“Yes,” said Marcos.
She held out her hand as she had seen the peasants in Torre Garda when they had struck a bargain and would seal it irrevocably.
“Touch it,” she said with a gay laugh, as she had heard them say.
And they shook hands in the dark cloisters.
“There is a window at the end of the passage in which is your room,” said Marcos. “It looks out on to a small courtyard and is quite near the ground. Come to that window to-morrow night at ten o’clock and I shall be there.”
“What for?” she asked.
“To be married,” he answered. “My father and I will arrange it. We shall both be there. If you do not come to-morrow night I shall come again the next night. You will be back in your room by half-past eleven.”
“Married?” asked Juanita.
He had risen and was standing in front of her.
“And now you must go back to the Cathedral.”
“But Sor Teresa’s breviary?”
“She has it in her pocket,” said Marcos.
Our lady of the shadows There were great clouds in the sky when the moon rose the next night and one of them threw Pampeluna into dark shadows when Marcos took his place in the little passage between the School in the Calle de la Dormitaleria and the next building. The window at the end of the passage where Juanita and Sor Teresa and some of the more favoured of the girls had their rooms, was about six feet above the ground.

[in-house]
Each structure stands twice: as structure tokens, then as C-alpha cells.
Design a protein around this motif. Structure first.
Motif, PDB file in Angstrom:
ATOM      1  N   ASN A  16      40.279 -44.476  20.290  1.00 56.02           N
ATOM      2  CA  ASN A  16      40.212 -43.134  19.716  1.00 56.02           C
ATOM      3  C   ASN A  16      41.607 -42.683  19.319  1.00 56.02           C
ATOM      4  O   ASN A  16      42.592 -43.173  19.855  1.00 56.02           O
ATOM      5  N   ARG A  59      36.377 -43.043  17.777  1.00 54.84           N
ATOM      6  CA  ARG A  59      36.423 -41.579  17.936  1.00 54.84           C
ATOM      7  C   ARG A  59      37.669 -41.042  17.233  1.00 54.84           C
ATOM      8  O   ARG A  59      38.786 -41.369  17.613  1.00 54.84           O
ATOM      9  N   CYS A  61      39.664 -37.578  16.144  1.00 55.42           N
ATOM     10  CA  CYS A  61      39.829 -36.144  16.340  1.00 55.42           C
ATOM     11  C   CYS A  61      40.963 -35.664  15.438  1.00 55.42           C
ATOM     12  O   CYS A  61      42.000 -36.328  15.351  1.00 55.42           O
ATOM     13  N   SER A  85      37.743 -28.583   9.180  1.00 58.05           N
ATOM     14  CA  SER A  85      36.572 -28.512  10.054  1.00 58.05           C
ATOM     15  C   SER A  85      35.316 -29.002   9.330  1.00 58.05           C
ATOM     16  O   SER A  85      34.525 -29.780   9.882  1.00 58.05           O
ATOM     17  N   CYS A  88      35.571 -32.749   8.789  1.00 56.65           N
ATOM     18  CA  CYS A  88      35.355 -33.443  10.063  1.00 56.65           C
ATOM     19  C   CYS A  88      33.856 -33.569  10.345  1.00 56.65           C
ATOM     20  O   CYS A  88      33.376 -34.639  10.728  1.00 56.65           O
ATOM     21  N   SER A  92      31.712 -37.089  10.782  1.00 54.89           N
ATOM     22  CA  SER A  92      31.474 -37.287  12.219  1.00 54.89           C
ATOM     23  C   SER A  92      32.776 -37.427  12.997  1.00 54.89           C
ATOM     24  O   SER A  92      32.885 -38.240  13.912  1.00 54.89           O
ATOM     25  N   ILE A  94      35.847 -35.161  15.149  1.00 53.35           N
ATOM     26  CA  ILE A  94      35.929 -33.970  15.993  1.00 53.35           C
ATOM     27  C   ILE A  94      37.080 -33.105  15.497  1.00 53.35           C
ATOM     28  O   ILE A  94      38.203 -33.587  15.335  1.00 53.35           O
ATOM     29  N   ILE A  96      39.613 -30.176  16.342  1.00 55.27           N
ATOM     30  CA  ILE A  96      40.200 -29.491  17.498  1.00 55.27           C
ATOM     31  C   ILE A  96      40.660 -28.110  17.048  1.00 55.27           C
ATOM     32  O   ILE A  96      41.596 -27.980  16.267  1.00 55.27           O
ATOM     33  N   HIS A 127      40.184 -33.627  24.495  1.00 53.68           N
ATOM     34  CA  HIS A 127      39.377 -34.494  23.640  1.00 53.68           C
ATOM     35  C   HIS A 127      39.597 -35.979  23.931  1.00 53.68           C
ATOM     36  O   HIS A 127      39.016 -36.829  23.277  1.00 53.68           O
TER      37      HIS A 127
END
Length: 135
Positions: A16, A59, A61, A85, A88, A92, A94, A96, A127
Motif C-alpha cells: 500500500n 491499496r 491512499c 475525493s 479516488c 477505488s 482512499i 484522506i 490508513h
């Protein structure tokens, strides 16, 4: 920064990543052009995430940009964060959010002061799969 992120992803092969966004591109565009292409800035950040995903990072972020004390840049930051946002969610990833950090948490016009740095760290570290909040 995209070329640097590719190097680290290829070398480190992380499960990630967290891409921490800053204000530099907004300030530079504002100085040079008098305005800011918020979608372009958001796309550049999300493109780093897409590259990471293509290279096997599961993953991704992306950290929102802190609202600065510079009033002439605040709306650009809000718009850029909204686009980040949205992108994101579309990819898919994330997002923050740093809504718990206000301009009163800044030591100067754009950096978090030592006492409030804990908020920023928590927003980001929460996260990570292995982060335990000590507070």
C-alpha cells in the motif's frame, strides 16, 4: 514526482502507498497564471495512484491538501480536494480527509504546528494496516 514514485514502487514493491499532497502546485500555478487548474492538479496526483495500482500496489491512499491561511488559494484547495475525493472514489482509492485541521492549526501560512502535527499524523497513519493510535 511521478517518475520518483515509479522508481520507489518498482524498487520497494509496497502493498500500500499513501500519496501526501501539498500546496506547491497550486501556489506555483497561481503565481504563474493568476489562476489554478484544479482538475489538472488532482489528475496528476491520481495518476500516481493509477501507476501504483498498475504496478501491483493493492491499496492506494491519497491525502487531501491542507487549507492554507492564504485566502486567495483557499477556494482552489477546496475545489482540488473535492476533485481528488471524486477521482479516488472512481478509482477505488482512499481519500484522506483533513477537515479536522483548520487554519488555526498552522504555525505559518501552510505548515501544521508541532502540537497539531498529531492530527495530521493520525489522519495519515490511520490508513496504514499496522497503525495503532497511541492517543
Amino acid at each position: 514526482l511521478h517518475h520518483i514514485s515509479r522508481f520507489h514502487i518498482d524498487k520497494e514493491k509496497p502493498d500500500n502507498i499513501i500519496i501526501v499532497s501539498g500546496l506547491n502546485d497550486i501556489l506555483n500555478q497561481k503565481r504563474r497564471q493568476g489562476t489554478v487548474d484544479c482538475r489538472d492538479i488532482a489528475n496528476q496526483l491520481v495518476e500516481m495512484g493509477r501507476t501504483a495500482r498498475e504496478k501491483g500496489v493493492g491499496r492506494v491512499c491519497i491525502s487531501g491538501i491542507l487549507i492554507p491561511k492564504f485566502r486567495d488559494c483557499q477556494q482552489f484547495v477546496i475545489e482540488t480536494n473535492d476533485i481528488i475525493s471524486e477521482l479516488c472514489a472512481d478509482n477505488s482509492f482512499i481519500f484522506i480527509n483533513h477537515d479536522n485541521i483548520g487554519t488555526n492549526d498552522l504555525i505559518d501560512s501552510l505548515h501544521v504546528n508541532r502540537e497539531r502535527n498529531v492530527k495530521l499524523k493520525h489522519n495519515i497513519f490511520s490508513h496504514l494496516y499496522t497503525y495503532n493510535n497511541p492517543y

Marcos took his post immediately underneath and stretching his arm up took hold of one of the two bars, and waited. Juanita looking from the door of her room could thus see his clenched hand and must know that he was waiting. The clocks of the city struck ten. Immediately afterwards the watchmen began their cry. The city was already asleep.
It was very cold. Marcos changed his hand from time to time and breathed on his fingers. He carried a cloak for Juanita. The striking of the quarter found him still waiting beneath the window. But, soon after, Marcos’ heart gave a leap to his throat at the touch of cold fingers on his wrist. It was Juanita. He threw the cloak down and placing his heel on the sill of a lower window near the ground he raised himself to the level of the bars.
“Oh, Marcos!” whispered Juanita in his ear, through the open window.
He edged his shoulder in between the two bars which were fixed perpendicularly, and being strongly built he only found room to introduce his two thumbs within that which pressed against his chest. He slowly straightened his arms and the iron gave an audible creak. It was a hundred years old, all rust-worn and attenuated.
“There,” he said, “you can get through that.”
“Yes,” she answered. She was shivering and yet half laughing.
“Listen,” she whispered, drawing him towards her. “Sor Teresa’s door is open. You can hear her snoring. Listen!”